madarbrab t1_ixmjoic wrote

Just leave the mash out for a few days, it'll pick up some wild yeast


Bladelink t1_ixn3dah wrote

It probably wouldn't take long to go from some yeasty bread to a sourdough, where you realize you can just keep using the same dough.


rich1051414 t1_ixmh0yt wrote

Grass is the most successful plant on the planet. Grass has seeds. Those seeds can be crushed and mixed with water and cooked for cheap and easy food.


jungles_fury t1_ixos445 wrote

I thought that had already been established? That and traces of starchy vegetables have been found at multiple sites


Paltenburg t1_ixpmc7v wrote

Maybe I was confused with the oldest forms of cultivated grain.


dumnezero t1_iy03uy2 wrote

Domestication of grains required existing use and knowledge of grains. You can't assume that there were government funded research projects on plant breeding to direct a long-term plan for making grains bigger and better.


jennej1289 t1_ixm4wfn wrote

I kind of feel like well naturally they did. They were gatherers. They probably found a way to smoke and preserve food to some degree as well. They were the Earth’s first survivalist. The ones who could not figure it out died.


TotalWarspammer t1_ixm7cnh wrote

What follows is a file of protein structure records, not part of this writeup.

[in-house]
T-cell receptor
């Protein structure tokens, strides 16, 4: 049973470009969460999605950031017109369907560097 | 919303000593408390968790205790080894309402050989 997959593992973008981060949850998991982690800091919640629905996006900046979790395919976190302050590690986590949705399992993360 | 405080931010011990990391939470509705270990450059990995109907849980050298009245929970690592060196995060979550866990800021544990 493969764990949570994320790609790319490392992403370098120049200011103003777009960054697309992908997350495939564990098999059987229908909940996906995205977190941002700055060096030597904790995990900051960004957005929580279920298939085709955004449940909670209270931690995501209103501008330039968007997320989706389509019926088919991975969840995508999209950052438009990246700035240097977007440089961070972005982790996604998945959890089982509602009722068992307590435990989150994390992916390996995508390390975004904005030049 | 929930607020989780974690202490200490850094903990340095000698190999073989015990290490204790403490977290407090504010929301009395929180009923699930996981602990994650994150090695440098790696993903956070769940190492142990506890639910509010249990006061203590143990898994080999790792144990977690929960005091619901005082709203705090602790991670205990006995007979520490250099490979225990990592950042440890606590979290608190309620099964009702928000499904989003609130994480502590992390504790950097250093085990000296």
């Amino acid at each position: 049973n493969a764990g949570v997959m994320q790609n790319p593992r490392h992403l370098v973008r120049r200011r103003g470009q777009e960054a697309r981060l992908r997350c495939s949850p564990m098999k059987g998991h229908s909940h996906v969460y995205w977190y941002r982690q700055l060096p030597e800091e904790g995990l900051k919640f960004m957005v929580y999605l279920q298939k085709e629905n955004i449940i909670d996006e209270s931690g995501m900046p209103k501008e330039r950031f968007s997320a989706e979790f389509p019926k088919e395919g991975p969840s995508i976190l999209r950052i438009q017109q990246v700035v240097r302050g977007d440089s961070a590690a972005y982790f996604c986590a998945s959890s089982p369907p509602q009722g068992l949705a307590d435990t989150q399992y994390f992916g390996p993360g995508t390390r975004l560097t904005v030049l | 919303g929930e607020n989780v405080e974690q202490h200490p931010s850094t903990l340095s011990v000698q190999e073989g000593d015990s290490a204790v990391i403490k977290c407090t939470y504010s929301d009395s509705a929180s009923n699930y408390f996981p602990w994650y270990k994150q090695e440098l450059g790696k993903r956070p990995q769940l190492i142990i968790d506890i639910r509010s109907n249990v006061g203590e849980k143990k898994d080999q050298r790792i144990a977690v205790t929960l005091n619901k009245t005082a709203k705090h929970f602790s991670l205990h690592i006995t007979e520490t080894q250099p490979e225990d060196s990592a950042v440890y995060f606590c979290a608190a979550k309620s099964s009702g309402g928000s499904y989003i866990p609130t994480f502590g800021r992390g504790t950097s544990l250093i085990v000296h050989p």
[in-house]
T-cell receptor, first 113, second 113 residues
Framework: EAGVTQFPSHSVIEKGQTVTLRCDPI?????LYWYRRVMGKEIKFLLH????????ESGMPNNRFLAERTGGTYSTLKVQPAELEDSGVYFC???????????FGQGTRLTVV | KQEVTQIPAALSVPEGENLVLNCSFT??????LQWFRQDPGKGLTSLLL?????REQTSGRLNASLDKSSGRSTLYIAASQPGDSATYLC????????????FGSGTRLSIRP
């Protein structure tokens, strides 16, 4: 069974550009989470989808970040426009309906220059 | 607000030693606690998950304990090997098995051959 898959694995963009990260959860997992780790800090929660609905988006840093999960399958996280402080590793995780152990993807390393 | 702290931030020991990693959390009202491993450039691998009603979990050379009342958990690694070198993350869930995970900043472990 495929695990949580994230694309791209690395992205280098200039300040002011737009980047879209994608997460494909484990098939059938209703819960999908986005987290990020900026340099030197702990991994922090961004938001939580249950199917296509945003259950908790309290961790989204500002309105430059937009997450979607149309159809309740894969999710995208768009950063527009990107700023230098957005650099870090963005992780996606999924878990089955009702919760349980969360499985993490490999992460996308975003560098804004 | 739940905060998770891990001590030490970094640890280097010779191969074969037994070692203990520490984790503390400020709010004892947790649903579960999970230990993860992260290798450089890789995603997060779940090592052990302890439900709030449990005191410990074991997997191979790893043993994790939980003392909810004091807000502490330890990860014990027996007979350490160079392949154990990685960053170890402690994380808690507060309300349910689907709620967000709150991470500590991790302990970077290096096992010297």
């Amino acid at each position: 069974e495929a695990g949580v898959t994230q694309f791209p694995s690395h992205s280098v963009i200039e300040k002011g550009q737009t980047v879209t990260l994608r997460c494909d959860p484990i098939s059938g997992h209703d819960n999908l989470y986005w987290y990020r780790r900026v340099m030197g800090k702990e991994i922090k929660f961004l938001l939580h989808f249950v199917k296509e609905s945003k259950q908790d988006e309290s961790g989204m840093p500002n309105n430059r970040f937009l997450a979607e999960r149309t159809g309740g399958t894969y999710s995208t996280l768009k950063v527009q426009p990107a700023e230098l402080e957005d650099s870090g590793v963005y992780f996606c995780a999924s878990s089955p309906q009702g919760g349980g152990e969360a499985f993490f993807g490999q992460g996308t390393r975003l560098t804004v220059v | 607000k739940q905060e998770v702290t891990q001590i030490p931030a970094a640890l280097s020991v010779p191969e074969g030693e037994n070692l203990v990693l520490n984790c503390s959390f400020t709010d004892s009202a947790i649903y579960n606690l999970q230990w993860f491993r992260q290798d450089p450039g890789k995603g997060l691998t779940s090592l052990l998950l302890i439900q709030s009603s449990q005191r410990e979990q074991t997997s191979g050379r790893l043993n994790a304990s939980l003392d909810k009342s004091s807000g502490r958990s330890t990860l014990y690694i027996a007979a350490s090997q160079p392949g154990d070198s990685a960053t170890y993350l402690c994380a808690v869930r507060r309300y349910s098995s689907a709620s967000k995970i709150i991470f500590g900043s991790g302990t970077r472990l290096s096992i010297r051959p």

In the end the survivalist Neanderthals also died. :(


T_ja t1_ixmwacy wrote

I’ve seen theories that it’s less of a died out and more like they bred themselves out of existing by interloping with modern humans.


CallFromMargin t1_ixq7c3k wrote

I mean yeah, their DNA is in all human population, except for sub-saharan Africa. There definitely was interbreeding. Devisovians are another interesting sub-species, and we have found remains of individual with neanderthal and devisovian parents.


kocf1945 t1_ixmjblt wrote

Now I’m curious about this. I don’t think we know what happened but I need to go look up some well reasoned hypothesis as to why they went extinct


TotalWarspammer t1_ixmjvy0 wrote

I read that in the end humans as we know them now were just more resourceful and more competitive and Neanderthal numbers slowly dwindled to unsustainable pockets of populations... although of course they did mate with us and pass on some DNA!


surle t1_ixmnabx wrote

As far as I understand (not an expert) the "out competed by homo sapiens" theory is just the most likely logical explanation everyone goes along with for the convenience of having a sensible premise and is not something that has been strongly supported with evidence. It's quite possible some fascinating discovery just around the corner of another site like this one could provide the solid bit of evidence needed to properly strengthen that theory, or turn it on its head. All the more reason to support organisations that fund such research, and probably another good reason to oppose the idea of dropping a lot of bombs everywhere.